Survivors Coach Providers on Care with Compassion
Training supports and empowers youth survivors of exploitation through reproductive healthcare experiences
For survivors of sexual violence and commercial sexual exploitation (CSE), reproductive experiences can be fraught with trauma. This is particularly true for youth experiencing CSE when trying to access reproductive healthcare, during pregnancy, childbirth, and while parenting their child(ren).
Although service providers are well-positioned to identify and support youth survivors, too often they miss important signs or lack understanding of the unique challenges these youth face, and have little guidance on how to support young people through their reproductive experiences and parenting.
To help bridge that disconnect, the National Center for Youth Law hosted a training featuring expertise and commentary from providers, survivors and many who identify as both.
“Supporting Survivors of CSE Through Reproductive Experiences,” held in June, featured a presentation from Eri Guajardo Johnson, a community educator and birth consultant for trauma survivors, as well as a panel discussion from some of the CSEC (Commercially Sexually Exploited Children) Action Team’s Advisory Board members. Board members shared details from their lived experiences and experience serving youth also impacted by CSE and offered recommendations on how survivors of CSE can be better supported through their reproductive experiences.
“In short, the folks you serve are the most likely to be traumatized, re-traumatized, triggered and overwhelmed during reproductive experiences,” Johnson said to the providers in the audience.
Johnson, founder of Birth Bruja, an educational platform devoted to intersectional, liberational and decolonial approaches to birth work, highlighted several common reproductive issues that CSE survivors face, as well as insight into why trauma survivors often avoid seeking care.
Reasons for avoiding care include fear of re-traumatization, distrust of medical providers, shame, concern about being harmed, worry over invasive procedures, and fear of being touched.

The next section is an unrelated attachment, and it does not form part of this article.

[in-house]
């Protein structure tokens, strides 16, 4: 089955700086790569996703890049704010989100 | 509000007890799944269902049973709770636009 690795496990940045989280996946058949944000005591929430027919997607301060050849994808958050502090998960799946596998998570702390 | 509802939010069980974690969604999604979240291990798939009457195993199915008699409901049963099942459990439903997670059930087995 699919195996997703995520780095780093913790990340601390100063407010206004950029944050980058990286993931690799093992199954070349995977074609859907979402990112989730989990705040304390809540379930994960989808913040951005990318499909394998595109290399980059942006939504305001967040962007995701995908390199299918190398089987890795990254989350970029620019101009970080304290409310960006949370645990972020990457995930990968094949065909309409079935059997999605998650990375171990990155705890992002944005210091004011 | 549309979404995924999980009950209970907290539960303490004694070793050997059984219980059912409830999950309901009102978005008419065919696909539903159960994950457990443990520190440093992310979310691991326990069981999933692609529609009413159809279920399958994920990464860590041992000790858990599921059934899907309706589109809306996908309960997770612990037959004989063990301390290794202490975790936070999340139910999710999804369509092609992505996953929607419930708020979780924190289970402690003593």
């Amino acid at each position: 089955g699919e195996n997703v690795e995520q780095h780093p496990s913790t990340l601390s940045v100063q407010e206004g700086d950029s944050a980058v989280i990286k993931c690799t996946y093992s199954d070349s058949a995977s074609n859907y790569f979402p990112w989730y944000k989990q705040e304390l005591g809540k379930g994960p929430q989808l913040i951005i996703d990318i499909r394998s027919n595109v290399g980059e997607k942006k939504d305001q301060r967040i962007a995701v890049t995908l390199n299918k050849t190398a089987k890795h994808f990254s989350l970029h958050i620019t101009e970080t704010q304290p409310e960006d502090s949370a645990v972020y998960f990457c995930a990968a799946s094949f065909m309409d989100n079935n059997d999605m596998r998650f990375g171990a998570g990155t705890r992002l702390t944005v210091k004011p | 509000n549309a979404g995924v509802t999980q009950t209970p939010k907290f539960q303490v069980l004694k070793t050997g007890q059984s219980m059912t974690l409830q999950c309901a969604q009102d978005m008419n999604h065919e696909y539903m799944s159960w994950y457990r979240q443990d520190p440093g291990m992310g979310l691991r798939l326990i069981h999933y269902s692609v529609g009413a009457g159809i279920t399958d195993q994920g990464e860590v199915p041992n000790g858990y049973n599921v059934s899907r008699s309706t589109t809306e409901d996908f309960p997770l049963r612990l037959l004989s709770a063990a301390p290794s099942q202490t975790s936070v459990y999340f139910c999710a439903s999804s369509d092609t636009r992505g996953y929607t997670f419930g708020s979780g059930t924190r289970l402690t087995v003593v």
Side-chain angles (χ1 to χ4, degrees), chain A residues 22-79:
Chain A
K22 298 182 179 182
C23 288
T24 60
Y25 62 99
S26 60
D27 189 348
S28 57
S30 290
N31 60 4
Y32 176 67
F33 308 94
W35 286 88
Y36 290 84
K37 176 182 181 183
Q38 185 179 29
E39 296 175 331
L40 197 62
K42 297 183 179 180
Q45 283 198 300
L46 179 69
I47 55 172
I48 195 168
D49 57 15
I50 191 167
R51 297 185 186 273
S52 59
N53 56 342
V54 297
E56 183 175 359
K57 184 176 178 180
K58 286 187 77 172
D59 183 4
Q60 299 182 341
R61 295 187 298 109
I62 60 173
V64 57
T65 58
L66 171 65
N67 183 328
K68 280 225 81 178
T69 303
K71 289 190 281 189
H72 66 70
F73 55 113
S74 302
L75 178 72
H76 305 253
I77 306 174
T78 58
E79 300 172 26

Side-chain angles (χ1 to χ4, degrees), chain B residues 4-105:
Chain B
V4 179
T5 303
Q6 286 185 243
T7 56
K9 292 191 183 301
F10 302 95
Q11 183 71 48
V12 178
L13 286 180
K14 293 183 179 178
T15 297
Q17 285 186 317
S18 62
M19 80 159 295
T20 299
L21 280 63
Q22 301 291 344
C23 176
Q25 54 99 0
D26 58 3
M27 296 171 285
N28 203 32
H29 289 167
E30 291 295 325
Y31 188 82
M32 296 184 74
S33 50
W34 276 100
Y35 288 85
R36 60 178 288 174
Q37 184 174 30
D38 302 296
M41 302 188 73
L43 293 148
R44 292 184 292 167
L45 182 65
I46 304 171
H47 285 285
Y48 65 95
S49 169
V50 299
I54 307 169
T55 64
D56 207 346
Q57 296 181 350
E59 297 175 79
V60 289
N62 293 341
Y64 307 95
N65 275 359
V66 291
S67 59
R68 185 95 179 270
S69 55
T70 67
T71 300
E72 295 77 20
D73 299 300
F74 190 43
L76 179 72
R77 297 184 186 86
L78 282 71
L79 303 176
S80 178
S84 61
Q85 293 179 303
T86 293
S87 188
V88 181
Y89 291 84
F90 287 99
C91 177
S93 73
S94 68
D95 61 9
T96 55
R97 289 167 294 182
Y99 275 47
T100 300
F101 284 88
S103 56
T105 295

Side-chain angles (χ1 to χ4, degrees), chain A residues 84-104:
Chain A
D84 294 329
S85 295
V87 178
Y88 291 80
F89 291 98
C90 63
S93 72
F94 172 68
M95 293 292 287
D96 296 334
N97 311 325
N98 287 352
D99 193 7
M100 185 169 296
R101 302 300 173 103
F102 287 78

“A lot of us as survivors blame ourselves for having really normal and healthy responses to trauma,” Johnson said. “We use those experiences as reasons or examples of why we’re broken, or why we’re bad, etc.”
Panelists shared how impactful a trained provider can be in giving a young person confidence to navigate an already complicated process. Showing compassion, treating a young person with humanity, and encouraging youth throughout the process can be life-changing for not only the young person, but generations that follow them.
"Just the impact that words can have, and affirmation can have, on a youth who is stepping into parenting — especially when they haven't had an example — is so, so powerful," said Alia DeWees, a member of the CSEC Advisory Board and a director with Safe House Project.
Johnson recommended that providers who work with youth:
- Help build and fortify a system of people who support the survivor mentally, physically, spiritually, and emotionally;
- Become informed by learning about symptoms of abuse, care options, state laws, etc.;
- Normalize survivors’ experiences, which can greatly reduce feelings of shame and guilt and can create a feeling of connectivity and upliftment; and
- Support connection to survivors’ body autonomy by remaining diligent about asking for clear consent before touching their bodies and affirming their ability to care for themselves and navigate this transitional time successfully.
The panelists from the CSEC Action Team Advisory Board also shared strategies and insights from their own experiences and encouraged further discussion of these often private conversations.
Those who attended the event found it to be extremely insightful and informative, according to feedback collected afterward.
"I have been in the field since 2015 working with CSEC parents and never heard such a focus on the reproductive health and birthing process of our CSEC clients," wrote one attendee. "So so good!"
Another wrote: "Panelist[s] were great!! I appreciate their vulnerability, not easy to share, but I truly believe they are our best trainers. They give us so much insight and they are our best teachers."